Israel is a small country and its main airfields could be easily threatened by long-range weapons in the hands of state actors or handed over to militant movements like Hamas and Hezbollah: IAF’s only chance to continue operating in case of attack would be dispersing aircraft to remote locations, an option that would be viable only thanks to the unique F-35B STOVL capabilities.

adir-first-flight

 Image credit: Lockheed Martin

 

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  • FoilHatWearer

    To me, this is the biggest endorsement of the F-35 right here. There’s plenty of countries that are dumb and just want the latest thing. But if this thing were a total piece of crap, I just don’t believe that the Israelis would be taken in and be buying them. If the F-35 were junk, they’d be buying F-15E Strike Eagles and Block 60 F-16s.

    • Holztransistor

      You don’t know what contract the Israelis had signed in the past. Maybe they could not bail from the order and maybe there are not many alternatives to replace the aging planes they have.

      • Uniform223

        Israel picked the F-35… GET OVER IT.

      • FoilHatWearer

        I’ll give you props for grasping at anything you can. Countries have backed out of arms deals plenty of times. They’ve also cancelled orders on commercial aircraft.

    • Uniform223

      I’m NOT saying the F-35 is junk because obviously it ISN’T. But in regards to Israel’s F-15s, they recently bought upgrade packages earlier this year.

  • leroy

    From the Jerusalem Post dated November 29, 2016:

    Israel to regain air dominance as touchdown of F-35 jets nears

    “The future is here,” one senior IAF officer told reporters. “The F-35 will allow the Air Force to carry out missions that its current aircraft are unable to do today.”

    But, but, I read comments all the time about how Israel really wants more F-15s, but politics forces them to buy F-35s. And I read all the time how F-15 and F-16 is enough or better at doing the air combat job. That the F-35 is an overpriced lemon. Well Israel has F-15s and F-16s, but truth be told the IAF knows that their current fighter fleet is not capable of hitting targets protected by the latest Russian SAM systems. Or to maintain the combat edge in air-to-air fighting. Yet the numbskulls and nincompoops posting on the Internet talk like they know better than the IAF and various air forces around the world.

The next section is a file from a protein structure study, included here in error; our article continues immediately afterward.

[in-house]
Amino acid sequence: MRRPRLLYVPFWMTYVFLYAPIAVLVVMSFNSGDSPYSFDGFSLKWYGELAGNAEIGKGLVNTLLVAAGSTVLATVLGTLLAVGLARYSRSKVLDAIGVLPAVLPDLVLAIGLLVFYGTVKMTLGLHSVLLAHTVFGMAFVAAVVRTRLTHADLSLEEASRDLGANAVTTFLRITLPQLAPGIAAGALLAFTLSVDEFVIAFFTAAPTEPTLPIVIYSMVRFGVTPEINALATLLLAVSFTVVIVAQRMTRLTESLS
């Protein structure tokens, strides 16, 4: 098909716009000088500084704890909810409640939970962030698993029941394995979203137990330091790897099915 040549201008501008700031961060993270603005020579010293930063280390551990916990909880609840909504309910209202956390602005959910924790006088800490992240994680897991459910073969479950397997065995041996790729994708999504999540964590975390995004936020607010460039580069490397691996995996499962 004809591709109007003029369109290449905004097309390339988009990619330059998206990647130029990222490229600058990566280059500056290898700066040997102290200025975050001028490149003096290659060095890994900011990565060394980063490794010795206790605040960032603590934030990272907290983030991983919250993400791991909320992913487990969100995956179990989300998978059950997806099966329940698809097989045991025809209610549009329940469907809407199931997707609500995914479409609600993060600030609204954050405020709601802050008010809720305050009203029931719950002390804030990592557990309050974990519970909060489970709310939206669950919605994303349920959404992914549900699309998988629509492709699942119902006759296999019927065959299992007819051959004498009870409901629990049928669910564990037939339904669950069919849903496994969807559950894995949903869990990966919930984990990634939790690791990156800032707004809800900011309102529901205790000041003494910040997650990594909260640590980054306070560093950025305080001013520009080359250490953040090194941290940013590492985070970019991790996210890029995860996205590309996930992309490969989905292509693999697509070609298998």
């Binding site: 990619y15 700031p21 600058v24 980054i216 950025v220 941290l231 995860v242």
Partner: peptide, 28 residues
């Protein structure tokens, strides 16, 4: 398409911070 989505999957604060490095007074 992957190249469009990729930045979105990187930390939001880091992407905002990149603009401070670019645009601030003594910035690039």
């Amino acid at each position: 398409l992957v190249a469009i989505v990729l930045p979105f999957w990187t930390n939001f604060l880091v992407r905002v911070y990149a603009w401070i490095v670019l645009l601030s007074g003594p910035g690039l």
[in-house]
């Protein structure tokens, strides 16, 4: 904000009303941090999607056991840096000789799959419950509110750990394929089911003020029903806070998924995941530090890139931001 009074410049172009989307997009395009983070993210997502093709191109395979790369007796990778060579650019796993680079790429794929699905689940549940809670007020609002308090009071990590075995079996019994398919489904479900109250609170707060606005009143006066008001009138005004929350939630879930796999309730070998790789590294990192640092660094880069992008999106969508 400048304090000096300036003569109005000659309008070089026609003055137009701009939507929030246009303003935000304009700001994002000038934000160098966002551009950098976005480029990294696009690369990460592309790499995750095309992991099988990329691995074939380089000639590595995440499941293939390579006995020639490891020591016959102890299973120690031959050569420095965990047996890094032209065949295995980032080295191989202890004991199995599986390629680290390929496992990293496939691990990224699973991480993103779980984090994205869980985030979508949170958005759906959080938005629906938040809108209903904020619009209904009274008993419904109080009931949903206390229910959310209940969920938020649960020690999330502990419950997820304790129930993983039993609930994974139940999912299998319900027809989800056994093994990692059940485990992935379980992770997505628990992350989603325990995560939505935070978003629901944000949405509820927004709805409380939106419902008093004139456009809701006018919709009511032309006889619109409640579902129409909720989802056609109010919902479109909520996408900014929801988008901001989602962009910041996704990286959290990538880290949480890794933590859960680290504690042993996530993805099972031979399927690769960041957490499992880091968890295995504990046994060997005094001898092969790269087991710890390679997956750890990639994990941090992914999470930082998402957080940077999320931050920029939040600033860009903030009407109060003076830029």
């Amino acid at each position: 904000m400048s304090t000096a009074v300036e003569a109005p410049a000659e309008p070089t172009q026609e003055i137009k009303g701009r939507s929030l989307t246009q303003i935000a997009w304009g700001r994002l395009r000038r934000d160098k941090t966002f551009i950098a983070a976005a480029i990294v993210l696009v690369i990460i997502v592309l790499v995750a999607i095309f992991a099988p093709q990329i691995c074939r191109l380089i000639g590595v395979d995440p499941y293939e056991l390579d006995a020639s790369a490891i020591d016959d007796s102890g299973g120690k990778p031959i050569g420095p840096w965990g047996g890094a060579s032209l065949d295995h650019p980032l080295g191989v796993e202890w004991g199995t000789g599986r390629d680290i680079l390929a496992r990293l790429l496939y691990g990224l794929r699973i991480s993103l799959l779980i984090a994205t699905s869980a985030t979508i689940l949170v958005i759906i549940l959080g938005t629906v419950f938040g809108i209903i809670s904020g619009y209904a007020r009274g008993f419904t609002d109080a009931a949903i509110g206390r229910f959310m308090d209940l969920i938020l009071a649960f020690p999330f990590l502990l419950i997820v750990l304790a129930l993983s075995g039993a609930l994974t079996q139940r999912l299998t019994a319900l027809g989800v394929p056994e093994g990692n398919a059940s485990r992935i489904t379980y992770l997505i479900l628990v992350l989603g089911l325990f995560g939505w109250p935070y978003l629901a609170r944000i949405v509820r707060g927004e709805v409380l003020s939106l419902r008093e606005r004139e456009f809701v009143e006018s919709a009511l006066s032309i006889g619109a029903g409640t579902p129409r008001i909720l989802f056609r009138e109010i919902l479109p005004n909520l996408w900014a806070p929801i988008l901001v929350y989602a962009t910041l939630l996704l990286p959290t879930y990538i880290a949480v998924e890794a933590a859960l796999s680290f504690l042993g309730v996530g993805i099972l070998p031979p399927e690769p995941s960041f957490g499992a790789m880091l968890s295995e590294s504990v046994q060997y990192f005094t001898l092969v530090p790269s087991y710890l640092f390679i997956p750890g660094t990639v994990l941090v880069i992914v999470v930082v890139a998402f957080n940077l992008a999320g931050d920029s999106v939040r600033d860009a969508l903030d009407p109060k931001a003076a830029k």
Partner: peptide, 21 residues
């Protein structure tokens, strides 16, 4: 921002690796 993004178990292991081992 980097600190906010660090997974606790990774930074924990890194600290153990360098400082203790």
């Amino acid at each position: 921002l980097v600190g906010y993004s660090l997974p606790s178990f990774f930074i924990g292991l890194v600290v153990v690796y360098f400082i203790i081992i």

My God their stupidity makes me shake my head in disbelief. If I’d could tell them one thing it would be to stick to things they know and leave air warfare to the requisite experts! In most cases the closest they’ve gotten to flying is perhaps a helium-filled balloon or kite they had as a kid. Military flying? Perhaps GI Joe toy planes and helicopters. Vroom! Vroom! Now they think that makes them air combat experts. Get outta here please. You guys are rank amateurs. So rank that you reek – of total and complete ignorance. How does it feel to be proven wrong around each and every turn? Given Internet anonymity, probably not too bad.

  • FoilHatWearer

    “At FRP it will drop to between $80 – $85M per unit.”

    People that holler about that price don’t seem to realize that the F-15 and F-16 cost $30 million each. And that was the price 40 years ago!

  • FoilHatWearer

    Historically, how many times have you heard of any country being forced to buy somebody’s aircraft? You’re nuts.

    • dvarbanas

      Actually they are required to spend a high percentage of the aid package on U.S. made products-not specific items or necessarily military but us made nonetheless.